Shelagh's Summer Specials: Linden MacIntyre

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Shelagh Rogers interviewed many fabulous authors this past season on The Next Chapter. Every now and then, she would have a conversation so compelling, juicy, riveting or fascinating that it deserved more time than the radio show could allow. So, The Next Chapter has offered up extended versions of those conversations as special webisodes and podcasts.

Every Thursday in July and August, CBC Books will bring you Shelagh's Summer Specials, an encore presentation of those great full-length conversations.

Shelagh's Summer Special this week is her extended conversation with Linden MacIntyre about his latest novel, Why Men Lie. An edited version of this interview originally aired on Monday, April 2, 2012.

We hope you enjoy!

You can hear The Next Chapter on CBC Radio One every Monday at 1 p.m. and Saturday at 4 p.m. (a half hour later in Newfoundland).


Linden MacIntyre's latest novel, Why Men Lie, completes a trilogy that began with The Long Stretch and continued with his Giller Prize-winning book The Bishop's Man. Each novel is centred on a different member of the MacAskill family, but Why Men Lie is a departure from the previous two books in that it is written from a female perspective. The protagonist, Effie MacAskill-Gillis, is a middle-aged woman who has had a series of failed marriages and relationships. One day, she has a chance encounter with a man from her past on a subway platform. Before she knows it, she's falling in love and her hard-won independence and self-sufficiency are deeply shaken.

MacIntyre didn't intend to write Why Men Life from a female perspective. "It's a guy book," he told Shelagh Rogers. But the words struggled to come and the story didn't come together the way MacIntyre had hoped. He thought long and hard about what he was trying to convey in this story. "The substance of the book is why men get so hung up on matters of potency, whether it's of the genital type or of the shoulders and muscle type," he said. That's when it struck him: what better perspective to explore these mid-life changes than through the eyes of someone who watches it all happen? Namely, a middle-aged woman. "Men aren't really that self-knowing, that self-aware. They can't do a credible job of describing what they go through."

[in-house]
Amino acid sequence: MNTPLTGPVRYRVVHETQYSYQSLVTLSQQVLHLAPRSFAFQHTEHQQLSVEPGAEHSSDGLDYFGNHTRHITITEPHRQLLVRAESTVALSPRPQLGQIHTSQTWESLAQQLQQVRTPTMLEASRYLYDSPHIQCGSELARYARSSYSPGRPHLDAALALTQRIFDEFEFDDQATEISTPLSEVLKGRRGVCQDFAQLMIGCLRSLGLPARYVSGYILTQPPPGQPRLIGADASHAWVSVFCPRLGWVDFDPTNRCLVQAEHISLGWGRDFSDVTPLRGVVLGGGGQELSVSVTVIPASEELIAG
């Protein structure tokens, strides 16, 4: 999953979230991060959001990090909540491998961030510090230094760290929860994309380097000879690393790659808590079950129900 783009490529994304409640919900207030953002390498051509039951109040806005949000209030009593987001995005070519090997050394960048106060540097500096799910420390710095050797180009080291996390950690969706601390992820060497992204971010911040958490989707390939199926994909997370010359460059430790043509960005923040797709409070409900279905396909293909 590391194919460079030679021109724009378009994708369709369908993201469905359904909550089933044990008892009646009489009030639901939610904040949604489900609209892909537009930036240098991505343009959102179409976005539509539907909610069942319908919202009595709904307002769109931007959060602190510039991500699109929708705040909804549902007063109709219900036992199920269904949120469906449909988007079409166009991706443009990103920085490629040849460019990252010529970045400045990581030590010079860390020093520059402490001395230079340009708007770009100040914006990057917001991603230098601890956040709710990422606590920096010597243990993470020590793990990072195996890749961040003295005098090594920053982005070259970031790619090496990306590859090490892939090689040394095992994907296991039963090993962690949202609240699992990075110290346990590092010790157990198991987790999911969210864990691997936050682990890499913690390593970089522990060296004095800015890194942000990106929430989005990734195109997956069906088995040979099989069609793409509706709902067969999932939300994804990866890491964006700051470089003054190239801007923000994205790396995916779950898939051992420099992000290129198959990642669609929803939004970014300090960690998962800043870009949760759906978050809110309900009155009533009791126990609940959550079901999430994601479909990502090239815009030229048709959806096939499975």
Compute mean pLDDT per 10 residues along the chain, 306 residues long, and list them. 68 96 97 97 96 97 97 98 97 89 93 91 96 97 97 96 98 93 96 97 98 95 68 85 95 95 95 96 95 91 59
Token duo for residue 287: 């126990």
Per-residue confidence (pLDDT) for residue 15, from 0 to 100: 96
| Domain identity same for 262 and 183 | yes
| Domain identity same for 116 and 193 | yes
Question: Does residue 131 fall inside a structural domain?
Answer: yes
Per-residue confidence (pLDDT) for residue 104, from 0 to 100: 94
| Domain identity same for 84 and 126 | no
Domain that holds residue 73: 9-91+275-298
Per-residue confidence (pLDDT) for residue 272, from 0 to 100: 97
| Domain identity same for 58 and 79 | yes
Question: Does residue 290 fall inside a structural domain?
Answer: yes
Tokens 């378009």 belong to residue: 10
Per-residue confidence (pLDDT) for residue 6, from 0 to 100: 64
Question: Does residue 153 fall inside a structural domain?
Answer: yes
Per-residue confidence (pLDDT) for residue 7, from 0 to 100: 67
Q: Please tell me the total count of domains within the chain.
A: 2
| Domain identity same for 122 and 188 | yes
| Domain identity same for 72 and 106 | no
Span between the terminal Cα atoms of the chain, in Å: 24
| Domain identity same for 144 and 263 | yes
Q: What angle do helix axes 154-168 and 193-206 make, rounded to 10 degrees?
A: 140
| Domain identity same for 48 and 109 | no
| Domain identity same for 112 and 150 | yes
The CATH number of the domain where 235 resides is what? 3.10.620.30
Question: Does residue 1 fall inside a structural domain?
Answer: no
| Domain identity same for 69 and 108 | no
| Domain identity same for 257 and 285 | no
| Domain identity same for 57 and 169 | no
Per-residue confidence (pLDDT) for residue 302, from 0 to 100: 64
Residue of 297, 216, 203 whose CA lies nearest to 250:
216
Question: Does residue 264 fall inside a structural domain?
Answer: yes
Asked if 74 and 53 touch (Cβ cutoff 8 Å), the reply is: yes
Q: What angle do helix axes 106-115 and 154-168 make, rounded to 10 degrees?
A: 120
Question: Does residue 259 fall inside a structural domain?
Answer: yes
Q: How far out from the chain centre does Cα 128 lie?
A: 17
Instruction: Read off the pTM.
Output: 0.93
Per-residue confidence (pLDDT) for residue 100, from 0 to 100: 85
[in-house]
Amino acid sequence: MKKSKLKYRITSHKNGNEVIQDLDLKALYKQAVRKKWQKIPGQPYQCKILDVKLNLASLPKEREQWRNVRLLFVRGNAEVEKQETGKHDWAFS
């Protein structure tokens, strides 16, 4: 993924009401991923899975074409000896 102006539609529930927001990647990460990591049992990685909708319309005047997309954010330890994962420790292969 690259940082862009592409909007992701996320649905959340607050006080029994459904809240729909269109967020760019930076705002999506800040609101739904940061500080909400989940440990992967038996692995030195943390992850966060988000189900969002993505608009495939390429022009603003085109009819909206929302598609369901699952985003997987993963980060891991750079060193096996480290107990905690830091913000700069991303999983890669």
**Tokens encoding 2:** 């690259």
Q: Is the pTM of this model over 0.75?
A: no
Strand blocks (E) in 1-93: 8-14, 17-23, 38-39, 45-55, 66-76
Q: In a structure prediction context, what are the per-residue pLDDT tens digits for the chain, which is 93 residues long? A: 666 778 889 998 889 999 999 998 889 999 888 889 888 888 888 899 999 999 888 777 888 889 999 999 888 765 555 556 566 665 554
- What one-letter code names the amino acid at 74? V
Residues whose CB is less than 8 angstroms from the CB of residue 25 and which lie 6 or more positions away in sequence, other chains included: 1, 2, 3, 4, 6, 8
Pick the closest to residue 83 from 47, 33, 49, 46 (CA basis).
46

MacIntyre chose Effie to be the vehicle for the story because of her already established history of failed relationships and because she was the right age for this exploration of coming to terms with middle age. He believe that women and men treat middle age very differently. Women "begin to figure things out and begin to see things through a different prism than the prism of reproduction and appearance," MacIntyre said. "Suddenly, some lights go on in their heads. 'I don't need men to restore what's gone wrong in my life. I've done a pretty good job of it myself.'" Men, on the other hand, fall apart. "Guys at middle age become foggier and more confused about who they are and what they have," he said. "At middle age, a fella will either withdrawal somewhat or begin to act out some silly pseudo-youthful behaviour."


MacIntyre was drawn to writing strong women characters because of his own upbringing. As a child, his world was dominated by women. His father was often away. All his teachers were women. He had two sisters and lived with his mother and his mother's mother. The women around him ran the town and did what they had to do to provide for their family. "The women were the backbone of the place," he said. Watching his mother work so hard to create a place for herself and her family gave MacIntyre an appreciation for feminism and the fight for equality. "I understand and appreciate the kind of character that women have developed, exploited for the sake of getting ahead in a world that was, for so long a time, a place that has been hard for women to advance in."

Much of Why Men Lie is drawn from MacInytre's own life and people he has known: the strong women, the crisis of middle age, the subplot dealing with a prison inmate on death row. But MacIntyre assures us that the work is very much fiction, and that fans of The Bishop's Man should be pleased with a return to the world of the MacAskills. "You draw from fact when it's relevant and when it's going to be of a universal experience or helps you to arrive at some broad insight."

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